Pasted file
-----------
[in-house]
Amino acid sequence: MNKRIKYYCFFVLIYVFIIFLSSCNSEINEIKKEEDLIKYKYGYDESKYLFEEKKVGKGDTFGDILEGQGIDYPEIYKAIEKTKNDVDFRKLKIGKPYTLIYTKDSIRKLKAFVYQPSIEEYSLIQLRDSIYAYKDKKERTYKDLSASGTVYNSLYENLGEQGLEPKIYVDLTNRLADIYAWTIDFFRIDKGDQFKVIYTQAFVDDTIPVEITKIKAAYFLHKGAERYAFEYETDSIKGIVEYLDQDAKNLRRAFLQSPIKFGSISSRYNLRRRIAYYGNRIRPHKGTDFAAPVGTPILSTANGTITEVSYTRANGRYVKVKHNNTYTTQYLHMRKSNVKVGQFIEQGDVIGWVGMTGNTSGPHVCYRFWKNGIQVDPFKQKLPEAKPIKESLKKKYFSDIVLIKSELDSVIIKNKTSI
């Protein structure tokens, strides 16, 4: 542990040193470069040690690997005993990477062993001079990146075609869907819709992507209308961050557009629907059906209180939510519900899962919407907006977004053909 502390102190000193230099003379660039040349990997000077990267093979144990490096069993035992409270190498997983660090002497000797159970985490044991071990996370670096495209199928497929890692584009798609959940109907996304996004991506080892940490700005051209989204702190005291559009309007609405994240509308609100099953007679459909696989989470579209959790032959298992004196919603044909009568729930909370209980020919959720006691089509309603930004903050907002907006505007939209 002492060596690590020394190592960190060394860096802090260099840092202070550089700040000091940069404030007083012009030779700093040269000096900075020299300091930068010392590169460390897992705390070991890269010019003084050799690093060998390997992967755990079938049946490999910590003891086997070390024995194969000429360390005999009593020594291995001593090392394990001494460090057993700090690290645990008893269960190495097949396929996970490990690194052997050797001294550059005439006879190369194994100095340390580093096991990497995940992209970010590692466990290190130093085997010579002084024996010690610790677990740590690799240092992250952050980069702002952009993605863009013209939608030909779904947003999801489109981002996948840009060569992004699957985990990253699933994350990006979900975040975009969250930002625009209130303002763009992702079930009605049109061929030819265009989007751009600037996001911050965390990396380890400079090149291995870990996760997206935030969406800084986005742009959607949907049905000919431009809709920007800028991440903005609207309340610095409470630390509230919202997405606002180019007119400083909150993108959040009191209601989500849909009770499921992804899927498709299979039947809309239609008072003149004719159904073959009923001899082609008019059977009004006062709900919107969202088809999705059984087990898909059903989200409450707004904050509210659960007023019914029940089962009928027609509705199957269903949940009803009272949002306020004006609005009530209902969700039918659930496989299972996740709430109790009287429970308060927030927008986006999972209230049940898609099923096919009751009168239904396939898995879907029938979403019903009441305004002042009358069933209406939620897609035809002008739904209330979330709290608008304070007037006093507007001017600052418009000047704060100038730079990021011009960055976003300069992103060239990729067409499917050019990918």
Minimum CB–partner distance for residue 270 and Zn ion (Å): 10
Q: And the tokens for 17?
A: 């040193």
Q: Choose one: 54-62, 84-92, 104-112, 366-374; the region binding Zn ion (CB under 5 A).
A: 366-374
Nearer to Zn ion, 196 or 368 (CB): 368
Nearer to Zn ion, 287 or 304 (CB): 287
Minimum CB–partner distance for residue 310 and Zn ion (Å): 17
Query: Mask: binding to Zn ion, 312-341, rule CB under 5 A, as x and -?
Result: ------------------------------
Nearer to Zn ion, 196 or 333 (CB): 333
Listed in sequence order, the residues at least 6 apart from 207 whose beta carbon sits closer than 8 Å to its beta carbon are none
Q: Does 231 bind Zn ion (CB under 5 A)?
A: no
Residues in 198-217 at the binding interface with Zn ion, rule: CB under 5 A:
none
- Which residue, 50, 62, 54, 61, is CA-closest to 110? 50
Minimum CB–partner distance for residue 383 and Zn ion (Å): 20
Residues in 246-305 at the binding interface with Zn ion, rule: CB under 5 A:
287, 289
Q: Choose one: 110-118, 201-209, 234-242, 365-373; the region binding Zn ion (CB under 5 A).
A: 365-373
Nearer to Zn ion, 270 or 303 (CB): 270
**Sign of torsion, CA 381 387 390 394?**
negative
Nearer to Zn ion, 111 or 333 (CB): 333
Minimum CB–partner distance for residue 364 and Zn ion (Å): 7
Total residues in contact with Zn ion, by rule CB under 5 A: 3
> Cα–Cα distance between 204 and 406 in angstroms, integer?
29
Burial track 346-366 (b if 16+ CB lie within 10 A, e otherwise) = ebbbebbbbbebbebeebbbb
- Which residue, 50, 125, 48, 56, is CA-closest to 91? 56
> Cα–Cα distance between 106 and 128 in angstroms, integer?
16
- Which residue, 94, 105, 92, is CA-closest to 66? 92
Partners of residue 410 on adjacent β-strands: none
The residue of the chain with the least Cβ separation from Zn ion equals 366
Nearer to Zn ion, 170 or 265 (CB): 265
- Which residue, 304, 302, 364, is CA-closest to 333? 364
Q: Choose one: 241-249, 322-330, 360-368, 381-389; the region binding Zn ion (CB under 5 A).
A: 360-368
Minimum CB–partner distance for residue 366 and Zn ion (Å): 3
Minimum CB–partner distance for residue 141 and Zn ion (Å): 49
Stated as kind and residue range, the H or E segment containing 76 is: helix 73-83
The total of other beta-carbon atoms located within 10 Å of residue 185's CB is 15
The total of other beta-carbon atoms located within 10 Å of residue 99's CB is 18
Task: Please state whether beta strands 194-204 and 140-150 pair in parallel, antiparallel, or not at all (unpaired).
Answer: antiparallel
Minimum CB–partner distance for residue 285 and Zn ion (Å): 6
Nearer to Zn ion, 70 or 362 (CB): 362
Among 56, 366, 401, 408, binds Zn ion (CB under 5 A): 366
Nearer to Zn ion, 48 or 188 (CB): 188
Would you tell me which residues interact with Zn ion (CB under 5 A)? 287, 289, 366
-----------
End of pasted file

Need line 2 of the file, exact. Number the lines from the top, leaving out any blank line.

Amino acid sequence: MNKRIKYYCFFVLIYVFIIFLSSCNSEINEIKKEEDLIKYKYGYDESKYLFEEKKVGKGDTFGDILEGQGIDYPEIYKAIEKTKNDVDFRKLKIGKPYTLIYTKDSIRKLKAFVYQPSIEEYSLIQLRDSIYAYKDKKERTYKDLSASGTVYNSLYENLGEQGLEPKIYVDLTNRLADIYAWTIDFFRIDKGDQFKVIYTQAFVDDTIPVEITKIKAAYFLHKGAERYAFEYETDSIKGIVEYLDQDAKNLRRAFLQSPIKFGSISSRYNLRRRIAYYGNRIRPHKGTDFAAPVGTPILSTANGTITEVSYTRANGRYVKVKHNNTYTTQYLHMRKSNVKVGQFIEQGDVIGWVGMTGNTSGPHVCYRFWKNGIQVDPFKQKLPEAKPIKESLKKKYFSDIVLIKSELDSVIIKNKTSI